1.4.13 Hearing loss: Hearing loss is evaluated in relation to a reference auditory threshold defined
conventionally in ISO Standard 389 (1975). The hearing loss corresponds to the difference between the
auditory threshold of the subject being examined and the reference auditory threshold. ISO Standard
1999 (1975)* takes an average loss of 25 dB calculated at frequencies 500, 1,000 and 2,000 Hz.
1.4.14 Impulse noise: Noise of less than one second's duration which occurs as an isolated event, or as
one of a series of events with a repetition rate of less than 15 times per second.
1.4.15 Integrating sound level meter: A sound level meter designed or adapted to measure the level
of the mean squared time averaged A-weighted sound pressure.
1.4.16 ISO noise rating (NR) number: The number found by plotting the octave band spectrum on the
NR curves given in ISO Standard R 1996-1967 and selecting the highest noise rating curve to which the
spectrum is tangent.
1.4.17 Machinery spaces: All spaces containing propulsion machinery, boilers, oil fuel units, steam
and internal combustion engines, generators and major electrical machinery, oil filling stations,
refrigerating, stabilizing, ventilation and air-conditioning machinery and similar spaces, and trunks
to such spaces.
1.4.18 Mobile offshore drilling unit: A vessel capable of engaging in drilling operations for the
exploration for, or exploitation of, resources beneath the sea-bed, such as liquid or gaseous hydrocarbons, sulphur or salt.
1.4.19 Navigating bridge wings: Those parts of the ship's navigating bridge extending towards the
1.4.20 Noise: For the purpose of the Code all sound which can result in hearing impairment, or which
can be harmful to health or be otherwise dangerous.
1.4.21 Noise induced hearing loss: A hearing loss, originating in the nerve cells within the cochlea,
attributable to the effects of sound.
1.4.22 Noise level: See A-weighted sound pressure level (1.4.3).
1.4.23 Normal service shaft speed: The shaft speed specified for the ship's acceptance on initial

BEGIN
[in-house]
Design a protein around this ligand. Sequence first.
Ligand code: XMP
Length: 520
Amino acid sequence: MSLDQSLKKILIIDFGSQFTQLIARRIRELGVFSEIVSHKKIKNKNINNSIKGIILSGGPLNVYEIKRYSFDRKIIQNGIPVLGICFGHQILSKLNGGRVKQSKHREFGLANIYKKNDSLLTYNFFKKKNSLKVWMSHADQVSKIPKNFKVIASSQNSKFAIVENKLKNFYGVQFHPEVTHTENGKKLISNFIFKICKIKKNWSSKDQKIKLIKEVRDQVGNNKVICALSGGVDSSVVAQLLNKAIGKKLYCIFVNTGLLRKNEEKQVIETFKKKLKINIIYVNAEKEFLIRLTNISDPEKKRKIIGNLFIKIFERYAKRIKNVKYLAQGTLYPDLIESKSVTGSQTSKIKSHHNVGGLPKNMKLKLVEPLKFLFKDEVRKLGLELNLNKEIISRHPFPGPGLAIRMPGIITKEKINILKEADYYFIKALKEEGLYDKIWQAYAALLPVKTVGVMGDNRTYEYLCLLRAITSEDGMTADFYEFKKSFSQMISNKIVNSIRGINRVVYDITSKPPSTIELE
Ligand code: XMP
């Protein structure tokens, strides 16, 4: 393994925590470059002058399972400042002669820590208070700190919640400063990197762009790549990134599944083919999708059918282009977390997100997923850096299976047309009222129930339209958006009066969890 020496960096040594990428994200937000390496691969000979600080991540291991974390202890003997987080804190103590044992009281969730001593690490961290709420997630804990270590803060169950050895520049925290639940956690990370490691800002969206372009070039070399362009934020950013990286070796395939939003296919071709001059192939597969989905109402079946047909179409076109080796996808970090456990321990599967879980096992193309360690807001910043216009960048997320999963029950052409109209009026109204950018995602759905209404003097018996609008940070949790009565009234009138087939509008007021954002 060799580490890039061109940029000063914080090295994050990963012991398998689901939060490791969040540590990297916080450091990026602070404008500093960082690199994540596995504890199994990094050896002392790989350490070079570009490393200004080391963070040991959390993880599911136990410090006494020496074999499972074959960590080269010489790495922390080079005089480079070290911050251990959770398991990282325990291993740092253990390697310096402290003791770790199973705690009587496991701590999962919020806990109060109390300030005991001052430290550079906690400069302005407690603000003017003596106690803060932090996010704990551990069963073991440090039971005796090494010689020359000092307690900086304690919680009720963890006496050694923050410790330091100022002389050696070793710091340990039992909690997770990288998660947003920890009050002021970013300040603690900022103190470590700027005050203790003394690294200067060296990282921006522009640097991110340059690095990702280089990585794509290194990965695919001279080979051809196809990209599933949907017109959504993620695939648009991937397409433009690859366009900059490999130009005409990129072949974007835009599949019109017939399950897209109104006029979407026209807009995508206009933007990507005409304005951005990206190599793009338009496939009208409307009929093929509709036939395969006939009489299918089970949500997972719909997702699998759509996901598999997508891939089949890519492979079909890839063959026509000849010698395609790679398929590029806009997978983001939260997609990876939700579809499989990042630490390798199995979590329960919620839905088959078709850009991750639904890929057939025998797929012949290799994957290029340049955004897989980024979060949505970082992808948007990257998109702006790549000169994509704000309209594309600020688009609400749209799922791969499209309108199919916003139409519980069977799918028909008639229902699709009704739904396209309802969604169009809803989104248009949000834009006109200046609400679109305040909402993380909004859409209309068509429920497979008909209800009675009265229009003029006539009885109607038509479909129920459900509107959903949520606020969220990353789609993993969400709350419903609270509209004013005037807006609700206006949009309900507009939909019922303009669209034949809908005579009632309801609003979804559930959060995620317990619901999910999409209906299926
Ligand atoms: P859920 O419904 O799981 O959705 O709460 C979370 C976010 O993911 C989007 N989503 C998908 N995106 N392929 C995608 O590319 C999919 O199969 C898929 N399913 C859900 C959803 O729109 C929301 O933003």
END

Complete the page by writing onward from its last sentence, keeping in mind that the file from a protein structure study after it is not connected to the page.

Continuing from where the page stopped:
delivery, or after being modified, as applicable.
1.4.24 Occasional exposures: Those exposures typically occurring once per week, or less frequently.
1.4.25 Passenger: Any person on board other than the master and members of the crew or other
persons employed or engaged in any capacity on board a ship on the business of that ship.
1.4.26 Pipe-laying barge: A vessel specifically constructed for, or used in conjunction with, operations
associated with the laying of submarine pipelines.
1.4.27 Port condition: The condition in which all machinery solely required for propulsion is
1.4.28 Potentially hazardous noise levels: Those levels at and above which persons exposed to them
without protection are at risk of sustaining a noise induced hearing loss.
1.4.29 Sound: Energy that is transmitted by pressure waves in air or other materials and is the objective
cause of the sensation of hearing.
1.4.30 Sound pressure level: A measure of sound level, L, on a logarithmic scale given by:
1.4.31 Steady noise: A sound where the level fluctuates through a total range of less than 5 dB(A) as
measured on the "slow" response of a sound level meter in one minute.
1.4.32 Voyages of short duration: Voyages where the ship is not generally underway for periods long
enough for seafarers to require sleep, or long off-duty periods, during the voyages.